I have lately seen a lot of soul-searching within the expat community about the world “trailing spouse.” It’s slightly less loaded than “expat wife” – you know, the one in high heels, cocktail glass in freshly-manicured hands, hanging out poolside with other similarly spoiled women complaining about the domestic help – but it still leaves an unpleasant taste behind. Of sheep-like creatures following their spouses meekly around the world without an agenda of their own.
Trailing: A Memoir speaks exactly to that image of the trailing spouse. Some might find it depressing, but I found it thought-provoking and inspiring. It really cuts down to the essence of so many expat stories. Whatever you call yourself, this is what a lot of us have been and still are, with all its benefits and pitfalls.
In a nutshell, Trailing is the story of Kristin Louise Duncombe, who as a young wife in the late 1990s gave up plans of her own professional life to follow her husband, a Medecins Sans Frontieres (MSF) doctor, to East Africa – first Kenya and then Uganda. For anyone who has followed a spouse to an overseas assignment and put their own career on hold, or even gave up on it altogether, this story will likely ring very true. It doesn’t matter where you’ve been posted to – although, having lived in Africa as a trailing spouse myself, it was particularly vivid for me. The issues so grippingly woven into Trailing – of losing your identity, not knowing your purpose in life, and dealing with an evolving relationship that by necessity gets refashioned in every new place you live – will speak to anyone who has hitched their wagon to someone else’s ambition. If you’ve made it your main purpose in life to stay home and raise a family while lending support to a spouse who is the main breadwinner and whom you therefore follow from assignment to assignment, no questions asked, you will find something of yourself in Kristin’s saga.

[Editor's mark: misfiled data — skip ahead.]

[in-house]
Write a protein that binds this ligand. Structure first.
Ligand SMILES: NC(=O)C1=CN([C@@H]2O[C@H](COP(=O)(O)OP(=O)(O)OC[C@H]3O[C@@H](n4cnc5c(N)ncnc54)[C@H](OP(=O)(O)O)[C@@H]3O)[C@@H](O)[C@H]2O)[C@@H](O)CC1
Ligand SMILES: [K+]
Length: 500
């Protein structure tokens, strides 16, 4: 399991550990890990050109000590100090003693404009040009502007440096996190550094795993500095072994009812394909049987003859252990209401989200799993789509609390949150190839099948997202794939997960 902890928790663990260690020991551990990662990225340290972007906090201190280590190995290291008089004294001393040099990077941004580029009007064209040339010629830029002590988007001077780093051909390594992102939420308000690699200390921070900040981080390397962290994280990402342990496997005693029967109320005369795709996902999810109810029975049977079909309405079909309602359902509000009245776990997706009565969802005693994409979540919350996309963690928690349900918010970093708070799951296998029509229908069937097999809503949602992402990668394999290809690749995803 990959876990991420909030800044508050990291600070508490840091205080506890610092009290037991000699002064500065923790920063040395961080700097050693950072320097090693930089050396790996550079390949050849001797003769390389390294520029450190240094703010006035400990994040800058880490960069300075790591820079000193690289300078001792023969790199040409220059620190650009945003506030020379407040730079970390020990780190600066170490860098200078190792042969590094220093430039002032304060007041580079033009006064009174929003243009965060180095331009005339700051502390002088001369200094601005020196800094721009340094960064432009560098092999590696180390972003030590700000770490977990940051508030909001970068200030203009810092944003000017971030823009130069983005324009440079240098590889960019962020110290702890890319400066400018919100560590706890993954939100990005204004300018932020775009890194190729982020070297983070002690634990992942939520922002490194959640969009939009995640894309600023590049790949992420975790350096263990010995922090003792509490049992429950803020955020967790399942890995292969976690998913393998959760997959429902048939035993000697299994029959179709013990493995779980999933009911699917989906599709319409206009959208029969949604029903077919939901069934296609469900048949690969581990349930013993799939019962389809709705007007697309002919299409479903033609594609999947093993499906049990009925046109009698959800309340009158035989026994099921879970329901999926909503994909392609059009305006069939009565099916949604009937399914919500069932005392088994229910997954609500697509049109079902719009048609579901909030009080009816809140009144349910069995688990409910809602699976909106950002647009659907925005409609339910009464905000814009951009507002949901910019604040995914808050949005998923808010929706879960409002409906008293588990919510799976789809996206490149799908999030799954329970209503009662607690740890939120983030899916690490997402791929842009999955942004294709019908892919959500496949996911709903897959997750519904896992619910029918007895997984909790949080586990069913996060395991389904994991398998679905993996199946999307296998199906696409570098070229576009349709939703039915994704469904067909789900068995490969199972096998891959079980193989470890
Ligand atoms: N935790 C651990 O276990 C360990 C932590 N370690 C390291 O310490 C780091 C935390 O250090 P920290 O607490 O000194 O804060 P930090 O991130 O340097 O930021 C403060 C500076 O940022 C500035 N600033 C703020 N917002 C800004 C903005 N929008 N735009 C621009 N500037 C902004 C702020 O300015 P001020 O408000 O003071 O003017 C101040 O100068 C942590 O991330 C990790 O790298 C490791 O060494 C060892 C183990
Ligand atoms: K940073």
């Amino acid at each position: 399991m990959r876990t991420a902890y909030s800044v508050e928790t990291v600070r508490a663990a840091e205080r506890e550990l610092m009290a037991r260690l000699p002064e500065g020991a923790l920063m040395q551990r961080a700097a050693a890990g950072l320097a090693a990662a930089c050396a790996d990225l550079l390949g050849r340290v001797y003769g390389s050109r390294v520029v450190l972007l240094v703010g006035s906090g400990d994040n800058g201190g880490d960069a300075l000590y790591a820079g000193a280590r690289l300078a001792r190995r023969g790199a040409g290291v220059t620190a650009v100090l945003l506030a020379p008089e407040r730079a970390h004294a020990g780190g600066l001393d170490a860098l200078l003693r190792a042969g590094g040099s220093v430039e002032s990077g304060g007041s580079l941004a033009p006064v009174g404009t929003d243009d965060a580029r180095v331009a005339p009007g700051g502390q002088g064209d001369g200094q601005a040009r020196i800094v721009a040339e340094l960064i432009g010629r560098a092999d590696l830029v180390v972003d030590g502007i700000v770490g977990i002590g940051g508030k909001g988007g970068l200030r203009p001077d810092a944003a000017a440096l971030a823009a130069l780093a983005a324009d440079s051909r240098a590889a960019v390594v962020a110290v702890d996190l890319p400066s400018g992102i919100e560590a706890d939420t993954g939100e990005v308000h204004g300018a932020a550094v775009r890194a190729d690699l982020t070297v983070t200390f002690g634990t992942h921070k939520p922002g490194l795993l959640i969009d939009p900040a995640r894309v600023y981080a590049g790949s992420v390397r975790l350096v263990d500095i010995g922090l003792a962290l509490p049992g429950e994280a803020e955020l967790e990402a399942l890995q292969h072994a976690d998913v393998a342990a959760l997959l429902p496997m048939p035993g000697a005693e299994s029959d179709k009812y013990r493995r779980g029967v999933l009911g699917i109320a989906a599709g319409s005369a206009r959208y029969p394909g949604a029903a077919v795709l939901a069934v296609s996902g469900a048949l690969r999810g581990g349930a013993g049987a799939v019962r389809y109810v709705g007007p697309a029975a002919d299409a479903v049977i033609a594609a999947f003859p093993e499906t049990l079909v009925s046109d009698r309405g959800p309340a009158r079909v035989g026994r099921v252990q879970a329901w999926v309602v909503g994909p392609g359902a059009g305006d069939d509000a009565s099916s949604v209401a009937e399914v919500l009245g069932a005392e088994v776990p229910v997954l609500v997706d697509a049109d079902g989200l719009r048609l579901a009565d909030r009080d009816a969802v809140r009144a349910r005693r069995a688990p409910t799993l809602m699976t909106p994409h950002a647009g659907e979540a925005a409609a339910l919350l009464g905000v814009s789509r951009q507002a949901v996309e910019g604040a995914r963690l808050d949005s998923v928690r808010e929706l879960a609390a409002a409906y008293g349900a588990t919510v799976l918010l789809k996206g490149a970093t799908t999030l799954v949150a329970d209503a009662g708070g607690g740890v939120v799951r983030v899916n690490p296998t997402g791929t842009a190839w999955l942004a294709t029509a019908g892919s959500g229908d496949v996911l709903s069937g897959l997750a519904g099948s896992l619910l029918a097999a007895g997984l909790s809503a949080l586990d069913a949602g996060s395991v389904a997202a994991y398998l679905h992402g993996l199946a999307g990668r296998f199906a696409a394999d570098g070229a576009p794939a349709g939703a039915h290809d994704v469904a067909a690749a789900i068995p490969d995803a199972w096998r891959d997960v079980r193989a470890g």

Her story is basically one of doubt and marital struggle: Did I make the right decision in moving here? What will I do with the rest of my life? Who is this man I fell in love with and who is now so absorbed with his career that I barely ever see him? Can we still make our marriage work? But not only that, it is also a fast-paced read, interlaced with anecdotes of the tireless and impressive work done by MSF, a harrowing carjacking, and the culture of East Africa. Personally, I would have loved to see more of the latter as this only came through in short glimpses – the housekeeper Mama Florence and her natural remedies, tales of witchcraft, even the culture within USAID, a world entirely its own.
It’s not that my experience has been anything like the author’s. I absolutely loved every minute of the three years our family spent in Africa. We all embraced the lifestyle, had many friends, and were spared any traumatic carjackings. Kristin, by comparison, was not very open-minded towards her new home, was too readily spooked, and might have made things much easier by being less self-absorbed, at least that was my impression. But then again she was only in her twenties and newly-married. In any case, even if you feel like you might not have made the same choices in Kristin’s situation, her story still speaks powerfully to anyone who’s ever doubted their own choices regarding career, marriage, and child-rearing.
You don’t even have to move abroad to wonder where your life has led you and whether you’ve become what you wanted to be. And while it seems so much easier for someone else to turn their life around and find true purpose and happiness, the truth is that it is never too late for us to do the same.
Maybe “trailing” is a bad word. Maybe each one of us, before ever deciding to “trail” someone, should think long and hard about what that will mean for the rest of our lives.